Neil Robertson held his nerve in a tense finish to score a 9-7 victory over Matthew Stevens in the final of the Bahrain Snooker Championship.
Australia’s Robertson won the third ranking title of his career and his first since a brace of wins during his superb 2006/07 season.
The flamboyant, flame-haired left-hander subseqently suffered a dip in form which saw him plummet to 21st in the provisional rankings. But he has looked very much back to his best this week, particularly since the quarter-finals when he dismissed Stephen Maguire.
The best long potter in the world when his radar is fully functional, Robertson is also an outstanding break-builder with a solid safety game. Perhaps his best asset, though, is his mental toughness and ability to raise his game under pressure. After a blistering start today which saw him make breaks of 129, 117, 96, 68 and 75 in going 4-1 ahead he lost six out of eight to go 7-6 down.
But the 26-year-old bounced back to win the last three frames, taking the £48,000 winner’s cheque and the trophy in the first ranking tournament ever staged in the Kingdom of Bahrain.
It was reminiscent of the 2007 Welsh Open final when Robertson lost six straight frames to Andrew Higginson, but recovered to win the last three for a 9-8 success.
The only Australian ever to win a ranking title, he seems destined for many years of success in the sport, and is fast-becoming a role model who could boost the popularity of snooker in the antipodes.
His family back in Melbourne, as well as his friends in Cambridge where he lives during the season, will have been anxiously following the score of a match which ran until 12.40am local time.
Stevens, though he has won two of snooker’s biggest titles in the UK Championship and the Masters, remain’s one of the sport’s ‘nearly men’, having lost six of his seven ranking finals. However, the Carmarthen cueman will take great encouragement from reaching his first final since 2005, and a jump of 11 places in the latest rankings to 22nd. The Welshman has regained his enthusiasm for practice, and, at 31, may feel that his best years are still ahead of him.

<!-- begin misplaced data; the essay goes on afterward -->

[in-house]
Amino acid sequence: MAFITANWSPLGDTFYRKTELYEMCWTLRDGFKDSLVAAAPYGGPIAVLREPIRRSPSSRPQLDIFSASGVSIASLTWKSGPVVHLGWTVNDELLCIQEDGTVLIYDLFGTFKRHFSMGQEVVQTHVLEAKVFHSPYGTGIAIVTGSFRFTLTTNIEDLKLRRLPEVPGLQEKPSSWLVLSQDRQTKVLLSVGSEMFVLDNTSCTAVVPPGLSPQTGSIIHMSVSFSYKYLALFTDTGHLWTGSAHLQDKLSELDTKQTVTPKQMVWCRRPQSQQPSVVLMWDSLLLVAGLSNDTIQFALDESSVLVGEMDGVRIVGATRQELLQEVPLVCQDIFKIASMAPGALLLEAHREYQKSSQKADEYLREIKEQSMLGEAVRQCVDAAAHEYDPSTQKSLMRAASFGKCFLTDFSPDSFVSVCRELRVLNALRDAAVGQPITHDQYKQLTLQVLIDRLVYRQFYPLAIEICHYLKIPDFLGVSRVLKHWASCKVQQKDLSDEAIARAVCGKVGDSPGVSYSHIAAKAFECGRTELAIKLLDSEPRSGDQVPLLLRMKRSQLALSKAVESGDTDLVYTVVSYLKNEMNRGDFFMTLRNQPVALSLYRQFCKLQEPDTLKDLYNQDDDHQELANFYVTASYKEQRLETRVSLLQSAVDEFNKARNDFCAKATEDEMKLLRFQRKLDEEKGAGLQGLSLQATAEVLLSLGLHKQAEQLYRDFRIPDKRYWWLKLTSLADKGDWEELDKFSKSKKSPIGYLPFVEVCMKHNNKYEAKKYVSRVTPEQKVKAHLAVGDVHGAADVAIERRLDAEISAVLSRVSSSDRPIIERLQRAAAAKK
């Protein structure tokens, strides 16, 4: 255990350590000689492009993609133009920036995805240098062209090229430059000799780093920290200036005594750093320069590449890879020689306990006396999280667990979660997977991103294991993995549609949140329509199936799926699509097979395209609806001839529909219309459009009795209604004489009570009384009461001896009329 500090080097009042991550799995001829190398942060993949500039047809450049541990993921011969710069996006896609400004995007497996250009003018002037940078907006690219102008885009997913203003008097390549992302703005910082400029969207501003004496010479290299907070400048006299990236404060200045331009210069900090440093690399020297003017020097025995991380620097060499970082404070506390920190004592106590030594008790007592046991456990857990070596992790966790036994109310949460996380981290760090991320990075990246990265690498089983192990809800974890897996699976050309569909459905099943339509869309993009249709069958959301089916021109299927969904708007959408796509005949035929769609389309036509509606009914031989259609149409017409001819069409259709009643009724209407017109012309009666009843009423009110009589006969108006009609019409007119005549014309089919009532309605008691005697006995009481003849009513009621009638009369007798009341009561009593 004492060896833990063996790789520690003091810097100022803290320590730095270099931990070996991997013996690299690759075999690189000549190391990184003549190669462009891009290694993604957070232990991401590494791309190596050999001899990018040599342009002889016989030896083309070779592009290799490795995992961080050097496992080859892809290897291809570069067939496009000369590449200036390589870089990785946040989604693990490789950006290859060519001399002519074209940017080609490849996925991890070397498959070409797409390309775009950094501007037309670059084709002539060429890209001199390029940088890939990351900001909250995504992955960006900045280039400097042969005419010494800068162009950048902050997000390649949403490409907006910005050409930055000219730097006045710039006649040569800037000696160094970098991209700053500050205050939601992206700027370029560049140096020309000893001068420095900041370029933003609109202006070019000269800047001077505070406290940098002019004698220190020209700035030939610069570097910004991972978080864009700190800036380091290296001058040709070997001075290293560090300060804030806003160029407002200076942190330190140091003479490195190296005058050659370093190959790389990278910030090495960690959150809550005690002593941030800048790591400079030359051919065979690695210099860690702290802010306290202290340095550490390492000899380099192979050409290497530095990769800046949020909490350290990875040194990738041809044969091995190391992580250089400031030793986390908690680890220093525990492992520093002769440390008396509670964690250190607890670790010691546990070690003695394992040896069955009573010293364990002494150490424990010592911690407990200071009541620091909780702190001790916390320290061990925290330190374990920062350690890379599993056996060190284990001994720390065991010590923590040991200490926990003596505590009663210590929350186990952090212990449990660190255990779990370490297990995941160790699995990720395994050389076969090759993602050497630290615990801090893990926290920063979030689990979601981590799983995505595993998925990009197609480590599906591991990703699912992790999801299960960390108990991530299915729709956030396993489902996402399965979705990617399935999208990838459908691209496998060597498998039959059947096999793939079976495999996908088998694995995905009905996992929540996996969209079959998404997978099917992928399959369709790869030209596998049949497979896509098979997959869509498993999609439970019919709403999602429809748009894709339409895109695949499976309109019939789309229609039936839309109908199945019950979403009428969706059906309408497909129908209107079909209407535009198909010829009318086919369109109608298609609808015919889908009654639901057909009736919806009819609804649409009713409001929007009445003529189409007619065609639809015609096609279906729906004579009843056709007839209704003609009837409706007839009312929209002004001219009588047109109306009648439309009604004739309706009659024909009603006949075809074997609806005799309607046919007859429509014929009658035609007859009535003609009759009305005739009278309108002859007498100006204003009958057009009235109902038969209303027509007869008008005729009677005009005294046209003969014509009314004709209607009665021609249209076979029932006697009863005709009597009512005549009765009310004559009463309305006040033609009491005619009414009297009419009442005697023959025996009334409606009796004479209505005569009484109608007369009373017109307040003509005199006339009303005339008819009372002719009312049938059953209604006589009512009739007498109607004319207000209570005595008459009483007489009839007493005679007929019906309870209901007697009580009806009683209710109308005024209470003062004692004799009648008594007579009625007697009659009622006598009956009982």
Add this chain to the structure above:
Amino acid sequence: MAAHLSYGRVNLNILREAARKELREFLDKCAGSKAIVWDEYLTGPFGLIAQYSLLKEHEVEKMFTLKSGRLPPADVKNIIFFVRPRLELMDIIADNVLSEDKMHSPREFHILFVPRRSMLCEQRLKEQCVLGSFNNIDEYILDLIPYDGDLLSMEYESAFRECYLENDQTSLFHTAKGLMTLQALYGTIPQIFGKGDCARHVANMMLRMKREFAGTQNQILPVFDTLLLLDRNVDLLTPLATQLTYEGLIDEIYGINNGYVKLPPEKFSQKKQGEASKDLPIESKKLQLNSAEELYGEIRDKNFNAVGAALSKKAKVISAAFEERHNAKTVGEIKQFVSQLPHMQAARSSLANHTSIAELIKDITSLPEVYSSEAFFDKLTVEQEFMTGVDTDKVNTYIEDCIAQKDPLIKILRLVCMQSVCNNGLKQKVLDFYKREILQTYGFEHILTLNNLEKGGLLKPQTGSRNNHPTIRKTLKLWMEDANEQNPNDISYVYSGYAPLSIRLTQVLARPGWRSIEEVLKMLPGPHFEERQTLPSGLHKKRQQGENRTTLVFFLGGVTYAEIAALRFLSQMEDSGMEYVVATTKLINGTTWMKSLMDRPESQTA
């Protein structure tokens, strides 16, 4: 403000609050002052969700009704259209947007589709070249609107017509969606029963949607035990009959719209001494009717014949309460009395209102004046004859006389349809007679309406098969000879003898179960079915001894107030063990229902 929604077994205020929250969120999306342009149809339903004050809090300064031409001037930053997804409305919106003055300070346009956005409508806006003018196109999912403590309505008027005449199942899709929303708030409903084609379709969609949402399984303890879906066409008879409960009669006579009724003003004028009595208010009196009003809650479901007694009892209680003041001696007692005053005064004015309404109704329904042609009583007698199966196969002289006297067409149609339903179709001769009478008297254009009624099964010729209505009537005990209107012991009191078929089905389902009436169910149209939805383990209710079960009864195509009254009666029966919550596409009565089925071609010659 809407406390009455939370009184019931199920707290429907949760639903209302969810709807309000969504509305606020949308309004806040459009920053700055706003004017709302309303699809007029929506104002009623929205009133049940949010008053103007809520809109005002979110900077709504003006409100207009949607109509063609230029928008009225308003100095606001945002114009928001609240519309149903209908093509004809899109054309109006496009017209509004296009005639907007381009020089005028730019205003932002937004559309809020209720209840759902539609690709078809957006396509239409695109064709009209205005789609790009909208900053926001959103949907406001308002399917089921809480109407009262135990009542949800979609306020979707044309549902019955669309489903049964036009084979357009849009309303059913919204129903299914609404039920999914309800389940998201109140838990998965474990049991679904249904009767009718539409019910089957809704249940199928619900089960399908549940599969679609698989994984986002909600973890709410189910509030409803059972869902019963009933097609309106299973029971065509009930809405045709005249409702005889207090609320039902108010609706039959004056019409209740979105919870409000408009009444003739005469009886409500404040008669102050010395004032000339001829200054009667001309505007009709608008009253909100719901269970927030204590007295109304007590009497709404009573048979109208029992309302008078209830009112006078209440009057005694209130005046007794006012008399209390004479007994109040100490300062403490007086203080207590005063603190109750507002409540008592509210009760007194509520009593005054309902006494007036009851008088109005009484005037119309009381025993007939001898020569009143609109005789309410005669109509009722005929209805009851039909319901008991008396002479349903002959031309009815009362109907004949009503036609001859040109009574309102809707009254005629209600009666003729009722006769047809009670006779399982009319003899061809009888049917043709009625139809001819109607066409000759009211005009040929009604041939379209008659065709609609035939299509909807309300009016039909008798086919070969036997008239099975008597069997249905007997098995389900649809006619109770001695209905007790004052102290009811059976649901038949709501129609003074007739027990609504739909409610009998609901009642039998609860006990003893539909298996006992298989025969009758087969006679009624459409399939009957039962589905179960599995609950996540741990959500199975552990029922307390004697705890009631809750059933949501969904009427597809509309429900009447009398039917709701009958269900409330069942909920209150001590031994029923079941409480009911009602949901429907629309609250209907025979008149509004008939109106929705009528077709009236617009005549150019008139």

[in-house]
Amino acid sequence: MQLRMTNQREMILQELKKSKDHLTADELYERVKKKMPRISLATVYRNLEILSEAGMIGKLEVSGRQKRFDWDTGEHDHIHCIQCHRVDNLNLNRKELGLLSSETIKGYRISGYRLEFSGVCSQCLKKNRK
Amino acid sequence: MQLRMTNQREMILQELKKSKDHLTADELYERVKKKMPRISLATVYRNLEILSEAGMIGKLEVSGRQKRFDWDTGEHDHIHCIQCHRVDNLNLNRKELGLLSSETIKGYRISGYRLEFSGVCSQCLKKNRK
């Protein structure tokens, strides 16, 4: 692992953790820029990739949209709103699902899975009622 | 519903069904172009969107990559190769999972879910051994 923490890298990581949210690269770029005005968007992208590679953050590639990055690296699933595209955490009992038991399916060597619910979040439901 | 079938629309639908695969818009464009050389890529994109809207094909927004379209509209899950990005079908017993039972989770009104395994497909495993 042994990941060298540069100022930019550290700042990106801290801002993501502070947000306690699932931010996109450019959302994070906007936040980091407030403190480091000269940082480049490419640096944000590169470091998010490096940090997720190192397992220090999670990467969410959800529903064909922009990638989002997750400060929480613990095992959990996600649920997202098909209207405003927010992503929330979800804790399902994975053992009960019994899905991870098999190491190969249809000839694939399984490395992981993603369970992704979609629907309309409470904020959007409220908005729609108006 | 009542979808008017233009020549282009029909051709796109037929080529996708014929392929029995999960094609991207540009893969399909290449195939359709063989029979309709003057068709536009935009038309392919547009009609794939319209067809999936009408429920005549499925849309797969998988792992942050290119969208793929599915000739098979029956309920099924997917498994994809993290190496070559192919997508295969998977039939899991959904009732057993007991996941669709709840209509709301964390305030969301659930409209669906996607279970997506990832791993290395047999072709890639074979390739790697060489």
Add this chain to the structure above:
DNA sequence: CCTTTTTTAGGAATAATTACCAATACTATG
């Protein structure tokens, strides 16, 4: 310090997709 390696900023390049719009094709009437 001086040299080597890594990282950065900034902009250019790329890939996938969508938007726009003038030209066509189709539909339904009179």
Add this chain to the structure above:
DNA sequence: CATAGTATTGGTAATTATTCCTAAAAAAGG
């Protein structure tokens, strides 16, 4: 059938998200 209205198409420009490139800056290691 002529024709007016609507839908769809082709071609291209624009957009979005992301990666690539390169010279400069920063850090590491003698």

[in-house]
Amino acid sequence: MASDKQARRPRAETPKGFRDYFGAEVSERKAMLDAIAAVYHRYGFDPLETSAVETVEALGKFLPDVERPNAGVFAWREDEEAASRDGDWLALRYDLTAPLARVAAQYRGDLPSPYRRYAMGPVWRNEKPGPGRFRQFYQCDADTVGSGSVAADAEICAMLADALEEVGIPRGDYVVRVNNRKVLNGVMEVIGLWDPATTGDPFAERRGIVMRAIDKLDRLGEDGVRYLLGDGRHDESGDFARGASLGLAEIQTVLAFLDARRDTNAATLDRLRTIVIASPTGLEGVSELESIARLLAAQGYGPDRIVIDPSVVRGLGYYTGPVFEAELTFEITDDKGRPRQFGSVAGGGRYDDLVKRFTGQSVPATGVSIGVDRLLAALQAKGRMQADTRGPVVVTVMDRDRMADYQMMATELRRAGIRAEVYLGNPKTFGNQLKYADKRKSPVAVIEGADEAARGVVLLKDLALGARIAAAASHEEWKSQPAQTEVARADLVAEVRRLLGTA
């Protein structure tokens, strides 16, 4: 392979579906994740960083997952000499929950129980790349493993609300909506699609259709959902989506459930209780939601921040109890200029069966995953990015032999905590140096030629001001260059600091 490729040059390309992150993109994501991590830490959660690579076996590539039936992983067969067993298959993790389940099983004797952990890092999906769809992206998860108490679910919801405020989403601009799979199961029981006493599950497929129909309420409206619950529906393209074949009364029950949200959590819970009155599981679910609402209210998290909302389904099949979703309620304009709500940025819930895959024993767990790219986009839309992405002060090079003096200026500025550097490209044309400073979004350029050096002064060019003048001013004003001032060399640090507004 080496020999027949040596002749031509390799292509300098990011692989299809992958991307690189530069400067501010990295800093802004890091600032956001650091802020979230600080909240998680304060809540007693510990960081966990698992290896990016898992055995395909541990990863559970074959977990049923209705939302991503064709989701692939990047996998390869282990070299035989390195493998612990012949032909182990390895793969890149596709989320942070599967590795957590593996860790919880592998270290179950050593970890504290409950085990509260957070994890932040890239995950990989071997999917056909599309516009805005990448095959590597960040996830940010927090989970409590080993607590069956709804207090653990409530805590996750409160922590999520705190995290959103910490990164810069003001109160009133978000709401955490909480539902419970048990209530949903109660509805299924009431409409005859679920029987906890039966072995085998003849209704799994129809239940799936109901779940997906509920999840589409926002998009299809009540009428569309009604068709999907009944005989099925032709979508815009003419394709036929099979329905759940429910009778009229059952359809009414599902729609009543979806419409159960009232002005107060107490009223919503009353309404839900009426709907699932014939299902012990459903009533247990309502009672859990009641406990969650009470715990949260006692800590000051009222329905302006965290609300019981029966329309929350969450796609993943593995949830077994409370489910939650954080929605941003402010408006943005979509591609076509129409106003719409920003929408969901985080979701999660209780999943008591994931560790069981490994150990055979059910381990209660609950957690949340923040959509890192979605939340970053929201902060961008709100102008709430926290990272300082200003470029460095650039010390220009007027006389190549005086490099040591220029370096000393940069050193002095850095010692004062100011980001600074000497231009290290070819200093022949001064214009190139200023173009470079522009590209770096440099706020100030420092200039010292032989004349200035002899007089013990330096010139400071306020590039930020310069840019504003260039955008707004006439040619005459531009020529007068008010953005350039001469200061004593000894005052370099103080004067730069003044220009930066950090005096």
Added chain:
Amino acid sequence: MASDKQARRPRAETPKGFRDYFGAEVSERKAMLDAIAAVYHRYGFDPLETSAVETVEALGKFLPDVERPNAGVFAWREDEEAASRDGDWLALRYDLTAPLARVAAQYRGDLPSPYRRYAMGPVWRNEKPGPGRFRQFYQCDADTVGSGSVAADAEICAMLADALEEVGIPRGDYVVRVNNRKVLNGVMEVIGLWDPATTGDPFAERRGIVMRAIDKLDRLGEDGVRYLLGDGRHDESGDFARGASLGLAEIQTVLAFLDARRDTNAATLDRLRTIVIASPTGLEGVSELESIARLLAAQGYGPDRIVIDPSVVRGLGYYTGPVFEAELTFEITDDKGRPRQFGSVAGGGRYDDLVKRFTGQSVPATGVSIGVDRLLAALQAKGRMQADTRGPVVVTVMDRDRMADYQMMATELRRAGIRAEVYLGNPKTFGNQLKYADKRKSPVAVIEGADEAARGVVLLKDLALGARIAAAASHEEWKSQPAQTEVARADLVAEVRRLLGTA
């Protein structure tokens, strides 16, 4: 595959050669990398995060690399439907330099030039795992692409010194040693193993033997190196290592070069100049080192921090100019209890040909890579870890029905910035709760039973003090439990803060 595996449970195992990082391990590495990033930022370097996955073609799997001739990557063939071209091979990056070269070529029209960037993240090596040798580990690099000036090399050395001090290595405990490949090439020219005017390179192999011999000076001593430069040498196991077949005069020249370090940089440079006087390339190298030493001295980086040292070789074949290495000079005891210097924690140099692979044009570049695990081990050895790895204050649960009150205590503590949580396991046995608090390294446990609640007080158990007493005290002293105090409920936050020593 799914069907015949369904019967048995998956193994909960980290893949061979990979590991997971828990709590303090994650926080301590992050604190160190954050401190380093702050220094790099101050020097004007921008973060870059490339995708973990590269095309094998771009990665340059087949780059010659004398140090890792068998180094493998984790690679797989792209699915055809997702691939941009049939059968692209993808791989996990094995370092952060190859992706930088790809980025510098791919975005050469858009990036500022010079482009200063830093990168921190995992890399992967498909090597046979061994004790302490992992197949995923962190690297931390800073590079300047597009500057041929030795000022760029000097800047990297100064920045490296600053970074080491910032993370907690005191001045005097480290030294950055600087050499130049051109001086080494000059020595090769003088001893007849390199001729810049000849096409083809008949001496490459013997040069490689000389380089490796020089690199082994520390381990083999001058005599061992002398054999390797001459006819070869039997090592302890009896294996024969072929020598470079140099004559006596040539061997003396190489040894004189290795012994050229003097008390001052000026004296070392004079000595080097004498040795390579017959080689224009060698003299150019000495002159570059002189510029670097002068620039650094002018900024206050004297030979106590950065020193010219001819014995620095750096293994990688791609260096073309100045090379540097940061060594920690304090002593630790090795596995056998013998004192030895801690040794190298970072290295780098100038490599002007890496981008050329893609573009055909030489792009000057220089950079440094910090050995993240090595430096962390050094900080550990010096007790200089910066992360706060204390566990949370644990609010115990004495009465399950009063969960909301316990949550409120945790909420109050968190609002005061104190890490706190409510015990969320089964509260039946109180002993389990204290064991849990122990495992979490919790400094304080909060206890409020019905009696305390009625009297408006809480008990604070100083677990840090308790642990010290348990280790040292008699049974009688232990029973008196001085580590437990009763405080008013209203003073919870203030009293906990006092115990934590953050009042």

Robertson led 4-3 after the opening session and started this evening’s climax with a break of 63. Stevens had a chance to force a respot, but missed a tough final black, the cue ball tight to the side cushion. He had another opportunity from long range but failed again, and Robertson slotted home the black before pumping his fist having gained the early momentum.
But the Aussie missed a chance to steal the next frame when he failed with a tricky pot on the final yellow, Stevens clearing to stay within reach. And he drew level in the next with a well-constructed 71.
Frame 11 was a fragmented affair lasting nearly 32 minutes. Stevens played a poor safety on the last red, allowing Robertson to convert a thin cut to a baulk corner and clear to the pink. Stevens once again bounced back strongly with a break of 110 for 6-6.
The 13th frame was a marathon at 64 minutes. After Stevens missed on 52, Robertson got the two snookers he needed on the green, but then Stevens fluked the green. Long safety battles on the brown and blue ensued, before Robertson played a poor safety and left the blue over a middle pocket. Stevens raised his cue to a cheer from the crowd as the frame was finally completed.
Robertson led 57-38 in the crucial 14th frame when he made a safety error on the last red. Stevens cleared to the pink but then missed a tricky black along the side cushion to a blind pocket. The cue ball finished awkwardly on the opposite rail, but Robertson knocked in the black for 7-7.
The Aussie dominated the 15th frame, compiling runs of 53 and 39, to go one up with two to play.
After a bout of safety in the 16th which left most of the balls in the baulk half of the table, Robertson got his chance and made a composed 56, his eighth break over 50 in the match. And when he guided home another long red to initiate a run of 21, the handshake followed.